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News Maryland Harford County Bel Air

July 4 competitions bring families, festivities to Bel Air

Despite an early burst of rain from the edge of Hurricane Arthur, attendance was good and spirits were high at Bel Air's annual July 4 competitions Friday morning.

A total of 144 frogs hopped their way through Great Bel Air Frog Jumping Contest and about 105 turtles tried to race out of the white circles painted for the Turtle Derby at Shamrock Park, as their young human owners cheered them on.

The sign-up numbers were lower than those last year, when some wildlife groups raised concern about the safety and cruelty of the animal races.

Many of this year's participants had heard about the controversy but said the derby and frog-jumping contest are done appropriately.

"We always let our turtles go and make sure they are well taken care of," Michael Douglass, of Whiteford, said, adding his family also tries to return the turtle to the same place it was found, as advised by the Independence Day Committee.

His daughter, 14-year-old Jessica, won a trophy with her turtle, Squirt. She has been coming to the derby since before she can remember.

Michael Douglass and his wife, Kathy, noted their son, Anthony, has also won in the contest before.

"It took a lot of turtles, a lot of time," Michael Douglass said about the competition.

Kathy and Jessica Douglass added it was the water and vegetables they give the turtles that may have helped produce the winner.

"There is a secret to our method," Michael Douglass said with a smile, hinting that it involved "TLC, tender loving care."

Like most participants, he called the Bel Air July 4 events a reliable, positive celebration.

"It's country-oriented, it's family-oriented. It's a tradition of Bel Air," he said. "We would like to keep that up. We think it's nice."

He also said he thought many turtles are probably saved by being picked up for the turtle derby, as they may otherwise end up in the road or other danger.

"As long as the turtles are properly taken care of, I don't see where it would hurt anything," he said.

Jenna VanPelt, 13, of Fallston, ultimately won a trophy as well with her female turtle, Bob. She explained her family thought Bob was a boy until "he" laid eggs.

She had never been in the race before, although her mother, Ashley VanPelt, remembered coming as a child.

"I thought it was fun," Jenna said of the race. "She was our turtle for a long time. We found her in the bay."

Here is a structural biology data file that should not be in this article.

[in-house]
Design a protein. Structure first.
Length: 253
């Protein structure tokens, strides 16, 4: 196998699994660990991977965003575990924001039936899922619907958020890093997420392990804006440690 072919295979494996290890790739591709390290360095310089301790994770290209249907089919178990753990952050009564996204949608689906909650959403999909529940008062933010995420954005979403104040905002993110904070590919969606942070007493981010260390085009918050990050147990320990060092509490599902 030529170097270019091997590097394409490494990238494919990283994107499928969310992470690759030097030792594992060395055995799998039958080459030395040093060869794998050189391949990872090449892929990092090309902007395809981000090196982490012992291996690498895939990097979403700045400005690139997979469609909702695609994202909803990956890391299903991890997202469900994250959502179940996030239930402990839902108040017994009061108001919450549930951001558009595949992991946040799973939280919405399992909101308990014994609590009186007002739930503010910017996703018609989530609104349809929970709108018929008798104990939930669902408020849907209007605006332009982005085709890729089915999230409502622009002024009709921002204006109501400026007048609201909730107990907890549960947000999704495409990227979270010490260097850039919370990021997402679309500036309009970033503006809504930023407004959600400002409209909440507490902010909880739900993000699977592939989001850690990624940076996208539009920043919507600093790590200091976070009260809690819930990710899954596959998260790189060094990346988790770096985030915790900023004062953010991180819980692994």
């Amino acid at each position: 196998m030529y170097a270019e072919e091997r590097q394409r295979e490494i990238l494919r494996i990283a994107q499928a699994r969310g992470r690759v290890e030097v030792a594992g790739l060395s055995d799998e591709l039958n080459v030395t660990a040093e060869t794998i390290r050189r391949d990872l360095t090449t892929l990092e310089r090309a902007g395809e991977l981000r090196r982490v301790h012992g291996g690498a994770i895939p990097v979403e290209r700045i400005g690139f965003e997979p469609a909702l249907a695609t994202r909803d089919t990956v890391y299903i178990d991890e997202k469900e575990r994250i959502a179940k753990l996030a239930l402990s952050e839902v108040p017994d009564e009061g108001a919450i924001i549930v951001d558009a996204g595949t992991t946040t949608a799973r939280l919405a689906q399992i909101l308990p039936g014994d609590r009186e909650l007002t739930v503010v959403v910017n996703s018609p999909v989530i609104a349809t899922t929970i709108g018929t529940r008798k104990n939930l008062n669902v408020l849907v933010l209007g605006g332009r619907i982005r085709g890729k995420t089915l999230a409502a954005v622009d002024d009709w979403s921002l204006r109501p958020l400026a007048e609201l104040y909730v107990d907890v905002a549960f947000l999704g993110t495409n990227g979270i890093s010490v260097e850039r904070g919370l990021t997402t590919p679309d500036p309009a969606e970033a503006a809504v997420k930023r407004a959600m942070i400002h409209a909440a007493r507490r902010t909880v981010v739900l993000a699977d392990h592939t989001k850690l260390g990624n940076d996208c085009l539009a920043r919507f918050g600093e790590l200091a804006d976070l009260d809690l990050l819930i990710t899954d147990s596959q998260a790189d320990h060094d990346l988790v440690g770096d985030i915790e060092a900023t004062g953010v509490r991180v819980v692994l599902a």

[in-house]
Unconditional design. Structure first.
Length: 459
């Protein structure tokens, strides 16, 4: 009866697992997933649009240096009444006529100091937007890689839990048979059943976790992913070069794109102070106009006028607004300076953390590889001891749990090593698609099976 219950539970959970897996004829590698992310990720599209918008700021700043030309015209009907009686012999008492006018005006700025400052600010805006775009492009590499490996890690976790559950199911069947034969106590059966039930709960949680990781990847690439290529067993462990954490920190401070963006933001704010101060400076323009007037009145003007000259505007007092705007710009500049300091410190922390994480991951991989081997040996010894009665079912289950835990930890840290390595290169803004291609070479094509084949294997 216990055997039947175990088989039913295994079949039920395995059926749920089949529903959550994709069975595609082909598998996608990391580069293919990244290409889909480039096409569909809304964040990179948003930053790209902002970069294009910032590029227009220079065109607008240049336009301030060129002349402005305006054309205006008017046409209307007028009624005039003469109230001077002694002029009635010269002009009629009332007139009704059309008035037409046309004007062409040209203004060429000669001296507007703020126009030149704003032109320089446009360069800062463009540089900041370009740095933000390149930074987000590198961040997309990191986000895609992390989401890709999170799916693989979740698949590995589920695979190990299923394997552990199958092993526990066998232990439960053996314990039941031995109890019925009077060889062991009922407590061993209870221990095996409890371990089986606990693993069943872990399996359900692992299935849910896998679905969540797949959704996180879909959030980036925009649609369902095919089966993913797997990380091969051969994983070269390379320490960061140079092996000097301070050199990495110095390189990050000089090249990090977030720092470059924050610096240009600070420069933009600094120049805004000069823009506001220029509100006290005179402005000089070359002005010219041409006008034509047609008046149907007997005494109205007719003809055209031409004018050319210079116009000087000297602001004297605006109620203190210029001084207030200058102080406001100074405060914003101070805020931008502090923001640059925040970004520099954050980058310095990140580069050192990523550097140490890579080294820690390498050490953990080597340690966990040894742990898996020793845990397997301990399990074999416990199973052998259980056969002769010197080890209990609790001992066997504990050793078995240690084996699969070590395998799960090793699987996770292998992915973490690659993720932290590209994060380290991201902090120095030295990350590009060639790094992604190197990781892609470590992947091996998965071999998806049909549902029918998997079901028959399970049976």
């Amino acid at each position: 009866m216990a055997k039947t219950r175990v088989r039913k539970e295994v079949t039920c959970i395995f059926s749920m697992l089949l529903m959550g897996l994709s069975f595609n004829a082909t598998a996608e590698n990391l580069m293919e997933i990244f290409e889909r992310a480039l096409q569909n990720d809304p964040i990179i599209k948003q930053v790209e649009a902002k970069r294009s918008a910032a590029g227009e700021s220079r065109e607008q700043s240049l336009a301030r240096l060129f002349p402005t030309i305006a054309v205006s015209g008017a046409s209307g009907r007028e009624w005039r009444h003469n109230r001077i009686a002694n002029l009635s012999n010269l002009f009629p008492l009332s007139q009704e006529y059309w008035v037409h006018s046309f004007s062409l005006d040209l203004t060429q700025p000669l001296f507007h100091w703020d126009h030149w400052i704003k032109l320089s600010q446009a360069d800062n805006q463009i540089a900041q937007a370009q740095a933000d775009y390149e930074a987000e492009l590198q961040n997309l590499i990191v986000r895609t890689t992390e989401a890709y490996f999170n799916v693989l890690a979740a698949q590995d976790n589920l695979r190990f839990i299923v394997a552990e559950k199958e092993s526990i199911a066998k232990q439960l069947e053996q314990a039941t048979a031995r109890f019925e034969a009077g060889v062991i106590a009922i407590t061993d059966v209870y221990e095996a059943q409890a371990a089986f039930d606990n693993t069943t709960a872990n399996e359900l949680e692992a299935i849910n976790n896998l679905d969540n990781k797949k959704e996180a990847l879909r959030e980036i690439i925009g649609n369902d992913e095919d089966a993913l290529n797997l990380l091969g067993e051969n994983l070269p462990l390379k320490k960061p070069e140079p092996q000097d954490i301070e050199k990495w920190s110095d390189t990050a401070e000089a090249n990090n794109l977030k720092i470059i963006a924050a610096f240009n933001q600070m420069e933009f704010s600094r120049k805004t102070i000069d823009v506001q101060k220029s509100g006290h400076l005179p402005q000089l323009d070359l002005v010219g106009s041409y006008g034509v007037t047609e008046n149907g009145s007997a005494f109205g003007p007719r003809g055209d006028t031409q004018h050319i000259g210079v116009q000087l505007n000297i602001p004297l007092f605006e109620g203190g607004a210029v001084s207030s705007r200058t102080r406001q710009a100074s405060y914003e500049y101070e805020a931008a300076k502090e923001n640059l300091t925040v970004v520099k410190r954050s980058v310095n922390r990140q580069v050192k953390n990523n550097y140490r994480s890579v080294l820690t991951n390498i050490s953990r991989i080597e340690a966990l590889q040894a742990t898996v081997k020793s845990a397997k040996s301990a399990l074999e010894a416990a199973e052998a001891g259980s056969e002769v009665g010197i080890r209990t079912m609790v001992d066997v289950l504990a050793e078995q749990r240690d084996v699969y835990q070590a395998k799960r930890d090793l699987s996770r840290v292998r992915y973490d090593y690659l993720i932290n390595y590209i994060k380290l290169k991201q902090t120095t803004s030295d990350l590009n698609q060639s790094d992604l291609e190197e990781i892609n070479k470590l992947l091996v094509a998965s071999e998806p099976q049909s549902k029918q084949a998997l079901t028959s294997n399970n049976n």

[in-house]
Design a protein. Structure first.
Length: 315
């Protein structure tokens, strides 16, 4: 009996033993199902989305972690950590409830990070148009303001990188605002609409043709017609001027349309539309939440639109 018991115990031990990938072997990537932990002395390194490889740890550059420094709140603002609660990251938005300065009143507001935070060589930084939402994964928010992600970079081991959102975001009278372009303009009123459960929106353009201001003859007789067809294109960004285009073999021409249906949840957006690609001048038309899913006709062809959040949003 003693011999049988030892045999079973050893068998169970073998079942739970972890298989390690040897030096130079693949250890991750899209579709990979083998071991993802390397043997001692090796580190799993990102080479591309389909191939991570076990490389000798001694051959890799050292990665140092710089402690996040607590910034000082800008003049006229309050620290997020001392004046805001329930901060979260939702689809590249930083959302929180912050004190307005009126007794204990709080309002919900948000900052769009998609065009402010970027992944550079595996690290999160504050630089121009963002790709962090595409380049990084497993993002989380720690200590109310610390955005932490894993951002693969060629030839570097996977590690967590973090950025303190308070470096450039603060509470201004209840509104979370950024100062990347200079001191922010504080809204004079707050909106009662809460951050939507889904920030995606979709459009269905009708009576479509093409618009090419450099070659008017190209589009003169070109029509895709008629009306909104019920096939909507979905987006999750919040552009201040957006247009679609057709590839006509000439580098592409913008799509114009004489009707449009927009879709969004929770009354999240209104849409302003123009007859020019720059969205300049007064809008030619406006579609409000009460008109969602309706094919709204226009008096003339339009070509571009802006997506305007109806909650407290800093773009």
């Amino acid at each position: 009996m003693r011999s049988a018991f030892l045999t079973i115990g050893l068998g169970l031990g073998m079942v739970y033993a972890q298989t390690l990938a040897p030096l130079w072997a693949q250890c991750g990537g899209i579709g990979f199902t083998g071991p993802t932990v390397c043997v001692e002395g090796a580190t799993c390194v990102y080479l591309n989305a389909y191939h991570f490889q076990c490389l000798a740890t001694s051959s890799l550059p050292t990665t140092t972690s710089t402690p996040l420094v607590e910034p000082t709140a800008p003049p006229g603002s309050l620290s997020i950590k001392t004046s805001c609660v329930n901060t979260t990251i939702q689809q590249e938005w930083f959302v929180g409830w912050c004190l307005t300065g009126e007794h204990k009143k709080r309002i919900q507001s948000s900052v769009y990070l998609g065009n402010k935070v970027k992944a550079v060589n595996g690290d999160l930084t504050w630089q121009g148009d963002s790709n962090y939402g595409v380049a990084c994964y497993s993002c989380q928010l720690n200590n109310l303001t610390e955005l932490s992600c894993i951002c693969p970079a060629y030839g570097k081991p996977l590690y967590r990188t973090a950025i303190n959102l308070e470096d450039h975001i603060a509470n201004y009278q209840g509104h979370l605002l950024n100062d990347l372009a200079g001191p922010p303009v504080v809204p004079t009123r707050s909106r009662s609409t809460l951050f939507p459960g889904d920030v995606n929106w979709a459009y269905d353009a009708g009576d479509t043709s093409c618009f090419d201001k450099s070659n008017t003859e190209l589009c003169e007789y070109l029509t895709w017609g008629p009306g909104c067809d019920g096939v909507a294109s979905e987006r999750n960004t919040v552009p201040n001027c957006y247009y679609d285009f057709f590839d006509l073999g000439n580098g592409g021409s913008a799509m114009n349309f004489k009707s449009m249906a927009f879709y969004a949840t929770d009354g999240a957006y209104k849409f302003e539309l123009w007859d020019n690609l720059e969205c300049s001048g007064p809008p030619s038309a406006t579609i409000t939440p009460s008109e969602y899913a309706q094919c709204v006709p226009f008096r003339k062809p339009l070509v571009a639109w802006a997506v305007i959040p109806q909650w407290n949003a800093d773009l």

Ashley and Gene VanPelt both did not see any issues with the derby, either.

"I didn't think anybody did anything to their turtle," Ashley VanPelt said.

April and Timothy Moeller, of Bel Air, who came to the frog-jumping contest last year, were there again with their children Aiden, 7, and Alayia, 5.

Aiden and Alayia were competing with frogs Hopper and Thunder, respectively.

"It was pretty fun," Aiden said about the competition. "I think the secret is you have to blow under him [the frog]."

April Moeller did not see any problems with the contest, but she suggested distributing safety information better before the event or publishing it in The Aegis.

"Last year we had no clue," she said of the safety guidelines for the races.

"I think if people could be responsible and put the frogs back, they will be fine," she added.

Jackie McDonald, of Bel Air, called the events a must-see. Her daughter, Alli, 8, won a trophy in the frog contest.

"I refuse to be away from Bel Air for the Fourth of July," McDonald said. "It's one of my favorite Bel Air traditions."

After the animal races, the festivities continued with Uncle Sam Says, the watermelon-eating contest and the bicycle rodeo. Central Christian Church also provided face-painting, which drew a steady line of people.

At the bike rodeo, many children signed up for the first time to try to wind their way through obstacle courses on the Bel Air Elementary School parking lot, their bikes festooned with all things red, white and blue.

This year's rodeo drew 187 riders, up from last year.

Christina Samioglou, of Bel Air, said it was a fun event for her daughters, Penelope, 4, and Isabelle, 11.

"It was literally her first rodeo," Samioglou said with a smile about Penelope.

"This is family fun," she said of the event. "I like how they keep all the activities in one place."

Copyright © 2015, The Baltimore Sun
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